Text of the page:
Hundreds of people filled the seats of Nordhoff Hall’s Little Theatre on Sept. 30, and for about two-and-a-half hours watched students perform in “Dancing at Lughnasa,” a play that chronicles the lives of an Irish family that faces challenges and is bound to change.
Rarely does Michael, played by actor Colin Jennings, become the central focus of the play, but he stands distances away, unraveling his family’s life throughout the play.
From a broad perspective, “Dancing at Lughnasa” is about an evolving family.
But in detail, the play touches on some of the family’s main issues: tradition and identity.
The setting is County Donegal, Ireland in 1936.
Michael, who has five relatives – the Mundy sisters – is part of a family laced with deeply rooted Irish-Catholic tradition. The play begins with Michael talking about his family, and the audience is exposed to the lives of the sisters, one of which, Chrissy, is his mother who gave birth to him out of wedlock.
The “Dance at Lughnasa” refers to an annual dance festval some of the sisters wanted to attend for fun. The dance festival takes on an interesting purpose in the play: it is a part of the family’s life. The actors and actresses, nevertheless, dance throughout the play and keep the audience entertained. The family shows their love for dancing when they have quite a good time dancing with their wireless radio they treat in an almost-holy manner. Their fancy Irish steps represent the tradition and importance put in dancing.
But the dance festival is condemned by family member Kate, a self-righteous woman who calls it a “pagan” event, unfit for an honorable Catholic family such as them to attend.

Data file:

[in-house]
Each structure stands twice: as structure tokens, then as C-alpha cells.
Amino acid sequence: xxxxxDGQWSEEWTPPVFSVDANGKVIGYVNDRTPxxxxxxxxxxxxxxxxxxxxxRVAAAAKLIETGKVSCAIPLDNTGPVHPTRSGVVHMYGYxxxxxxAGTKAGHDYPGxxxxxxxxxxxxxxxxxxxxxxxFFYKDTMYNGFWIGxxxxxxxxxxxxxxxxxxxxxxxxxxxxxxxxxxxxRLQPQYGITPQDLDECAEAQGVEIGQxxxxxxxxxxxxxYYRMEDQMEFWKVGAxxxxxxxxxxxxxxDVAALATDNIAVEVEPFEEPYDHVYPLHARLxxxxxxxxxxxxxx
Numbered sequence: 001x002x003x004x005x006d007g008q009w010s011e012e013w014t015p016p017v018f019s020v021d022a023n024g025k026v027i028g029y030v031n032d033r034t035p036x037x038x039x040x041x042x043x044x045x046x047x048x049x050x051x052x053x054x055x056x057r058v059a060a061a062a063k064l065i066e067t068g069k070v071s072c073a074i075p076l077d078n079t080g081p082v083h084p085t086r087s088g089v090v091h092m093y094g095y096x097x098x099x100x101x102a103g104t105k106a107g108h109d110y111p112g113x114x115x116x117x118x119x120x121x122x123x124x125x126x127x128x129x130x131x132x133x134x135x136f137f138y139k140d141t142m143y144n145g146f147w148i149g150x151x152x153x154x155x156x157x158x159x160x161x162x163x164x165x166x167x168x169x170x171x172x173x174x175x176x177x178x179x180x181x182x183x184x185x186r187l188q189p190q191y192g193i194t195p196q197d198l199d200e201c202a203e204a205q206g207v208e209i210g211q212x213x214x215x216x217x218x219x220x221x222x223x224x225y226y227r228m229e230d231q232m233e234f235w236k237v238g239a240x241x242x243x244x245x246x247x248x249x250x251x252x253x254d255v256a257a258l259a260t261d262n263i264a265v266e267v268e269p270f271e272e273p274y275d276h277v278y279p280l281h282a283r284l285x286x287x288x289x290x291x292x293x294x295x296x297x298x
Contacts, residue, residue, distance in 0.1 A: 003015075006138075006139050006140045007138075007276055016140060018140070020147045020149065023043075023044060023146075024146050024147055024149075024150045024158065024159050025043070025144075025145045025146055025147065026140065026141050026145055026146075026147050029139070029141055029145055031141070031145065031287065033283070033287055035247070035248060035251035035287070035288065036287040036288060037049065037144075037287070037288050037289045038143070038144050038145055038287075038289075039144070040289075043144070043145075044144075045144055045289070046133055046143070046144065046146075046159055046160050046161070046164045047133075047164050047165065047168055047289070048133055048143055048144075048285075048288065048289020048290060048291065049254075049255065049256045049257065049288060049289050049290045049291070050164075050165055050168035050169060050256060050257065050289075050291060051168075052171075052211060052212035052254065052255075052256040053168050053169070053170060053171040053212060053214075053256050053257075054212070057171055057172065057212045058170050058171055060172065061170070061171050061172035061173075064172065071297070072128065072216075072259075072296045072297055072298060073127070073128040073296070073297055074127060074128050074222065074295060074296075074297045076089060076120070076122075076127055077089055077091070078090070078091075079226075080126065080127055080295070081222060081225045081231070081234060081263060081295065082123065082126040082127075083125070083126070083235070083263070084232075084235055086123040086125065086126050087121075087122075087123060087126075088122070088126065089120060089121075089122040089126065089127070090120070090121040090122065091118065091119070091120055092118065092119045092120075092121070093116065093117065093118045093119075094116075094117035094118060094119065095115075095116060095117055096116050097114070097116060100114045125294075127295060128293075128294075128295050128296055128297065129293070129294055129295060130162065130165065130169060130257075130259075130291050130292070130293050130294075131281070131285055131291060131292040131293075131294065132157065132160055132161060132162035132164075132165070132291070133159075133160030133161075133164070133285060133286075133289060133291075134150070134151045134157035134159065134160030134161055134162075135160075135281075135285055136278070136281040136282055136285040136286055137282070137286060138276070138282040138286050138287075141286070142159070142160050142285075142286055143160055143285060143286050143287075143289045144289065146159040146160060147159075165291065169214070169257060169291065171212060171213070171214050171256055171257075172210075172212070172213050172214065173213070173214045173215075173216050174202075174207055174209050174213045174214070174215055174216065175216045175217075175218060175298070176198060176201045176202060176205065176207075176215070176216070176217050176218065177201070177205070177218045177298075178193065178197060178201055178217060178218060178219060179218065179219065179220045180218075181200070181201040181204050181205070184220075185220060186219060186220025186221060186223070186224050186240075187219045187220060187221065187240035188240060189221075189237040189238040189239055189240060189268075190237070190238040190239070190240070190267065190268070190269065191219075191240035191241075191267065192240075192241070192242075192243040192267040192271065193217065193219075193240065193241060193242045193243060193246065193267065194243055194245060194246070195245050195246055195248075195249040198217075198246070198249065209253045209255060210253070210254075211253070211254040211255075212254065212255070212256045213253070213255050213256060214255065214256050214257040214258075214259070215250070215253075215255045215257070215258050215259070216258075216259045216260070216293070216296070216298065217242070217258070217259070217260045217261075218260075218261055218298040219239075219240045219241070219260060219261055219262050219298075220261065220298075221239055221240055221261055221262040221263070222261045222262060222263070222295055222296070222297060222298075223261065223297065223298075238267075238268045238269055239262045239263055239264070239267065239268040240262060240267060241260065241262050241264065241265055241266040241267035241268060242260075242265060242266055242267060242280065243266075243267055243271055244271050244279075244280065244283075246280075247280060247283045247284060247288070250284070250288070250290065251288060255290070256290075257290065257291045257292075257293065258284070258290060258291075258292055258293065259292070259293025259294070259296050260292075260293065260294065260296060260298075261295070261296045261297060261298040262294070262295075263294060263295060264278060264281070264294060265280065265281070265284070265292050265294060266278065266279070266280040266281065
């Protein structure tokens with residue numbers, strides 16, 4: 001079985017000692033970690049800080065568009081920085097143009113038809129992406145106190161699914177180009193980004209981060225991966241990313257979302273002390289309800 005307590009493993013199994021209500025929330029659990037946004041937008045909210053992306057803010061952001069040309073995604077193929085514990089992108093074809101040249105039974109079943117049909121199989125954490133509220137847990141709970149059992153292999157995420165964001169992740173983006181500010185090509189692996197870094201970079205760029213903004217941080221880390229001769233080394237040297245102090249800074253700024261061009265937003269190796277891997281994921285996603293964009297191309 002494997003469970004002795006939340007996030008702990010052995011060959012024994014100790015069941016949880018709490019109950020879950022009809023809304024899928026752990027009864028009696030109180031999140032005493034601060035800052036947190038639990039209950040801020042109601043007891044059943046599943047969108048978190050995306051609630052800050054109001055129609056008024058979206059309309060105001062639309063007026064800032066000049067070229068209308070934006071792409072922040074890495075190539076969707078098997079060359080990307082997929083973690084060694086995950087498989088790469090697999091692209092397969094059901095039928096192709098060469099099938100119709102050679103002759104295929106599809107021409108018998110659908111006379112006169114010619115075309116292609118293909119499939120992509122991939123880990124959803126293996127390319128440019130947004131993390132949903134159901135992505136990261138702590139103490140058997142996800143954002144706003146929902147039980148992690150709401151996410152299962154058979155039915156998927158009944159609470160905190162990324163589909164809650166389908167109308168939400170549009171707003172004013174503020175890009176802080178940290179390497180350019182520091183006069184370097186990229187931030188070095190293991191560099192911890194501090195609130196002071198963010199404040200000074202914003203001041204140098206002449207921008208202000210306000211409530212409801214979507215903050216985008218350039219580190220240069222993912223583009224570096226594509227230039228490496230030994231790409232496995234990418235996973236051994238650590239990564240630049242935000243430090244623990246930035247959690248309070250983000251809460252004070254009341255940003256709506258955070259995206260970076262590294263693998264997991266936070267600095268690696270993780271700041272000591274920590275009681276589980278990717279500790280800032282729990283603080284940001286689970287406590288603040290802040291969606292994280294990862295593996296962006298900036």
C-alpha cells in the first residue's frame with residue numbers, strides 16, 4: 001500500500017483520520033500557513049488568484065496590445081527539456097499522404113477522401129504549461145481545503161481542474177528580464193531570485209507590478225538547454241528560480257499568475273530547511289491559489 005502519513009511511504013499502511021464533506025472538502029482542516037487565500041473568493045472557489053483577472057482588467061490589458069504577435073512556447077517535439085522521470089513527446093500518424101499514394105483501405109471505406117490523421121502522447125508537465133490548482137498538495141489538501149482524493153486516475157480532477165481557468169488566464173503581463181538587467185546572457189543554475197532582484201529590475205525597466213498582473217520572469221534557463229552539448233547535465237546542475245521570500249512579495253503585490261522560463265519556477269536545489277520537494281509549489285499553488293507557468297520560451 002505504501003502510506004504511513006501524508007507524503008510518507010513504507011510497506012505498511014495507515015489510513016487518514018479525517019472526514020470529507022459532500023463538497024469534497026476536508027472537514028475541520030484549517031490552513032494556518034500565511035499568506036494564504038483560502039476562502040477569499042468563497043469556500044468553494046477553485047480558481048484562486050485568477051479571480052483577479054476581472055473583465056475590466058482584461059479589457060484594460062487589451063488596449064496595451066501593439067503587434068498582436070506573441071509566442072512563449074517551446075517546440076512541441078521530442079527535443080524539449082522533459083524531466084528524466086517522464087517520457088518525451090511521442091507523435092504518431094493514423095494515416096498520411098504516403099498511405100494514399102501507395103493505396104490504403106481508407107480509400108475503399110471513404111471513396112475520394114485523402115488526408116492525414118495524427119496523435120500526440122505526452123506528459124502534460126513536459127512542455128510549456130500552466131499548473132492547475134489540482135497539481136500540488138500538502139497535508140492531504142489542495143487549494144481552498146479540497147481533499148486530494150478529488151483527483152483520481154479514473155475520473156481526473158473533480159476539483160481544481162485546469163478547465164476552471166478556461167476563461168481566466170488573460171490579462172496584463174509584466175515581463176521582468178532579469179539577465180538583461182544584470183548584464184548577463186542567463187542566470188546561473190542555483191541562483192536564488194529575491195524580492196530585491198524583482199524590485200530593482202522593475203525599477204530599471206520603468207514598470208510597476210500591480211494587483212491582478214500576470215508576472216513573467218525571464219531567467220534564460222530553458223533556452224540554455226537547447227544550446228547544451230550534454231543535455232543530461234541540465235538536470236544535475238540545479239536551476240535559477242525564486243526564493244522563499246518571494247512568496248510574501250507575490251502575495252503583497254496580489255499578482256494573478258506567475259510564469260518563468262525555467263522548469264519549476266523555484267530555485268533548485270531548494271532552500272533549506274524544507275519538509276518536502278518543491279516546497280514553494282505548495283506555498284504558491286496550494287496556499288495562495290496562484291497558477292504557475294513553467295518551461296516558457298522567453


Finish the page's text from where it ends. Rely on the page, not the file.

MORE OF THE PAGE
Michael also gives a closer glimpse of his family’s Catholic tradition when his uncle Jack enters the scene.
“He was a hero and a saint to me mothers and me aunts,” Michael reminisced of his uncle, who was a missionary in Uganda, Africa, to convert the “heathens” from their wicked ways.
But the uncle comes back to the family a bit disillusioned, telling the sisters of the different cultures and disillusions he was exposed to.
Everyone seems to be changing, moving into times of acceptance, but more importantly, moving into a time that will define the family and change their lives.
Even as someone on the sidelines, Michael reveals the issues he deals with in his family as the circumstances of his out-of-wedlock birth is brought up when his estranged father Gerry re-enters his mother’s life.
Challenges persist throughout the play.
One of the Mundy sisters, Rose, decides to go to the dance festival with her love interest.
Michael continues to paint the picture of his family’s destiny, noting that after that incident and other events, his family began to move toward a slow decline that would end up changing them.
By the end of the play, Michael’s observations are right on point, and the lives of his family members are no longer the same. On a broader scale, “Dancing at Lughnasa” is about the ever-changing circumstances and situations in one’s life and finding identity.
The acting and production crew at CSUN successfully recreated the scenes and performances of the Tony award-winning play, which originally premiered in Dublin, Ireland about 15 years ago.
Stage lighting and design were colorful and aesthically pleasing, with a large sun in the background, often changing into bright red, orange or yellow. Furniture of the era, along with old-fashioned dresses the sisters wore, were successful in showing the simple times that the family lived in.
Overall, the acting in the play, which was directed by Ken Sawyer, was good quality, with most of the actors and actresses passing as believable, thick-accented Irish men and women. They seemed like a realistic Irish family.
“Dancing at Lughnasa” will continue to play through Oct. 9 at the Little Theater in Nordhoff Hall.
It is a play worth seeing.
Samuel Richard can be reached at firstname.lastname@example.org.